A friend of mine asked me the other day what the prevailing "saber-opinion" was on the Miami Marlins' decision to call up their flame throwing prospect Jose Fernandez at such a young age. I could only tell him that I recall a general sense of confusion as to why the Marlins would call up such a promising prospect when the club is clearly very far from competing for the NL East division title this season.
But as far as concern that this would hurt Fernandez's "development," I don't remember any outcry.
It does seem, however, whenever a prospect is called up this early this voice is is always heard in some manner. I get the impression that some of the concern is with a young player's confidence-- introduce him to failure too early, and he may not recover.
For this reason I think more often than not the narrative gets written retroactively.
- Prospect is called up.
- Prospect struggles.
- Prospect was brought up too early.
This is not to ignore the experts, however. I am sure there are many scouts in the public sector that could speak to 'development' issues much more thoroughly and articulately. But there is no way to prove a premature call up was the cause of a bad career that other wise might have been a good career. In other words, we don't know if a failed prospect with a premature call-up was destined to fail all along.
I imagine it is frustrating for fans to watch one of these kids fall flat on their face amidst all the hype. After all, it is exactly this type of prospect that is supposed to go on and have a storied Hall of Fame type career. And we want to relish that career from the very start. We want to be able to tell our children or our grandchildren we saw one of the best to ever play the game from a very young age. And instead when they fail, it is possible we misdirect our feelings into blame.
Prospects that are awarded their ticket to the show at an early age, especially before the age of 20, typically go on to have some of the best careers. If we look at all careers since 1950, we find that the age 18-21 call-ups ultimately fared the best at the career level according to Fangraphs WAR:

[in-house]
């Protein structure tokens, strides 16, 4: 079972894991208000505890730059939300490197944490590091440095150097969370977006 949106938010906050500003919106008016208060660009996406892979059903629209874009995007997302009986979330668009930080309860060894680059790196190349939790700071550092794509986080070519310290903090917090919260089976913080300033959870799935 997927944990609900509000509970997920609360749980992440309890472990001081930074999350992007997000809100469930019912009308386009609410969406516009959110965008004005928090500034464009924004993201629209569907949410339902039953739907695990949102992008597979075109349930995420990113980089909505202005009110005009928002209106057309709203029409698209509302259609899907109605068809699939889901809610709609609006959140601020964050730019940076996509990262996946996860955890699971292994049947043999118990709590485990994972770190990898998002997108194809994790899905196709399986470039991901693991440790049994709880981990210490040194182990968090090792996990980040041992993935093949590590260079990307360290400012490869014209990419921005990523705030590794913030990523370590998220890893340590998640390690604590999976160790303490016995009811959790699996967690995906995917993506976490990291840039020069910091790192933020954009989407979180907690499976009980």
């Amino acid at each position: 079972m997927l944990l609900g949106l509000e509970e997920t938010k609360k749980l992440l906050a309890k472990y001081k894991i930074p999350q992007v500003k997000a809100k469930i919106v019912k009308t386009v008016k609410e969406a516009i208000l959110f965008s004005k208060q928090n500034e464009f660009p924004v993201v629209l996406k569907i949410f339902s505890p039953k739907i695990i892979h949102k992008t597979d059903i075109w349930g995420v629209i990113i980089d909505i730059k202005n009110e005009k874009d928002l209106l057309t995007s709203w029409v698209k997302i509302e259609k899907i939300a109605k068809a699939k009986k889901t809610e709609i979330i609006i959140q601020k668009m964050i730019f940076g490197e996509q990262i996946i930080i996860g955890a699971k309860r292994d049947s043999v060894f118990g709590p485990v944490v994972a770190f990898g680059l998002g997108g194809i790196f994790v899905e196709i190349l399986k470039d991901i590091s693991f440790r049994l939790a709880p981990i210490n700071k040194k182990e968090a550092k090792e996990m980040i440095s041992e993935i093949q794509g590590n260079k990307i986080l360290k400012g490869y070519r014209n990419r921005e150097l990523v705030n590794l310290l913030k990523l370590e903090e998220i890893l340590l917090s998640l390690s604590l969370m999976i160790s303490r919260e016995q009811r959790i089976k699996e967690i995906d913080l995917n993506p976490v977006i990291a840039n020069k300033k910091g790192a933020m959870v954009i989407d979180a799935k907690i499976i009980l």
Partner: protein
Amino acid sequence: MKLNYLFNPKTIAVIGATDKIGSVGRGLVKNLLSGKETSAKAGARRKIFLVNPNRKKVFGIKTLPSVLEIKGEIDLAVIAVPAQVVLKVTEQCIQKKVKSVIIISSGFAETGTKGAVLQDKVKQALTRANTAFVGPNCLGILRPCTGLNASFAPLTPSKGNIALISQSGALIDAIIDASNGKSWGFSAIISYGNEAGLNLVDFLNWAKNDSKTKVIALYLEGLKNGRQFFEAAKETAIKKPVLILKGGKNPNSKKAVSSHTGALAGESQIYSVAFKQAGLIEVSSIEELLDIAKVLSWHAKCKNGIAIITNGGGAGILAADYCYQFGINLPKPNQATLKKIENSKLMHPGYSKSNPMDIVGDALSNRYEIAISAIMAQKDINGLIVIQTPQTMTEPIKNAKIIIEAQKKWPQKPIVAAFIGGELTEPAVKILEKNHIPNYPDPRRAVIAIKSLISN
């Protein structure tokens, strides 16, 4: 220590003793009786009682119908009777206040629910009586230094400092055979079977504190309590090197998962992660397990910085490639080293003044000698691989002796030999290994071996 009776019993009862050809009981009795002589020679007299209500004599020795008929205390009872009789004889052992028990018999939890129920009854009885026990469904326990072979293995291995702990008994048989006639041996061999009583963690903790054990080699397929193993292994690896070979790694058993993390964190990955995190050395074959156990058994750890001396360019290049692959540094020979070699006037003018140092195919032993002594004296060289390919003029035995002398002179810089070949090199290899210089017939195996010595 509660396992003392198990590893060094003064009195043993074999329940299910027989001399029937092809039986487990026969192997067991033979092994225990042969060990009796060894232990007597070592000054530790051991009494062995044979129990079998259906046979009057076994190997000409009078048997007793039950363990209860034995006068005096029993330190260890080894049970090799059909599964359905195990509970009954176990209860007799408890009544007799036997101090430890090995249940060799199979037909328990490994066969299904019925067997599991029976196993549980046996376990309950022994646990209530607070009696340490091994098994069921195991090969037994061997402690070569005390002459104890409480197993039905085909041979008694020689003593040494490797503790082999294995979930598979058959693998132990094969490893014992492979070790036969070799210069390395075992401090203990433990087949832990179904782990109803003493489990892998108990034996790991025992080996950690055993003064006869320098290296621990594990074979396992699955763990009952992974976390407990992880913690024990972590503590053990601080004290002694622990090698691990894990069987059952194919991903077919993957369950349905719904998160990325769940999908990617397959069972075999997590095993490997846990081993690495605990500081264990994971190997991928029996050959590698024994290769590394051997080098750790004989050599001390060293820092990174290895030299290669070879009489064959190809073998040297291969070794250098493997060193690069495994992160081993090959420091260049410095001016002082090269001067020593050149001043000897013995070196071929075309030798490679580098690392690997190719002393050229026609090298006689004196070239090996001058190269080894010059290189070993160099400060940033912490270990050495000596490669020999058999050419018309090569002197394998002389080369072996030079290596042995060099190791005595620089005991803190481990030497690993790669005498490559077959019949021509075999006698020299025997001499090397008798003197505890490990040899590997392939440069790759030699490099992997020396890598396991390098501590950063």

|Debut Age||Position Players||Career WAR avg||Career WAR/650||Pitchers||Career WAR avg||Career WAR/650|
Of course, this does not mean that if you call up a prospect at 19 he is more likely to succeed. That's ridiculous. What it does mean is that an early call up is typically reserved for the most elite of the elite prospects-- the Hank Aarons, the Mickey Mantles, the Nolan Ryans:
Greatest Careers debuting before age 21 since 1950
And this is why we get so excited about the especially young call up, and probably also why we are so eager to overreact when they fail.
When we hear a prospect has the goods to get an early call-up, we may draw an immediate association with previous and more notable early call-ups, which may lead to some unrealistic expectations.
Because not all of those early call-ups pan out. And some of them never really pan out. It's those non-pan outs that I would like to interest myself in this morning. At least theoretically. A prospect may be called up for other reasons besides excellent pedigree, I suppose, but we'll just have to deal with that. Here are the worst careers for players who debuted at the age of 20 or younger.
Worst Careers debuting before 21 since 1950
|#||Name||Debut||Age||career PA||career WAR||Pos|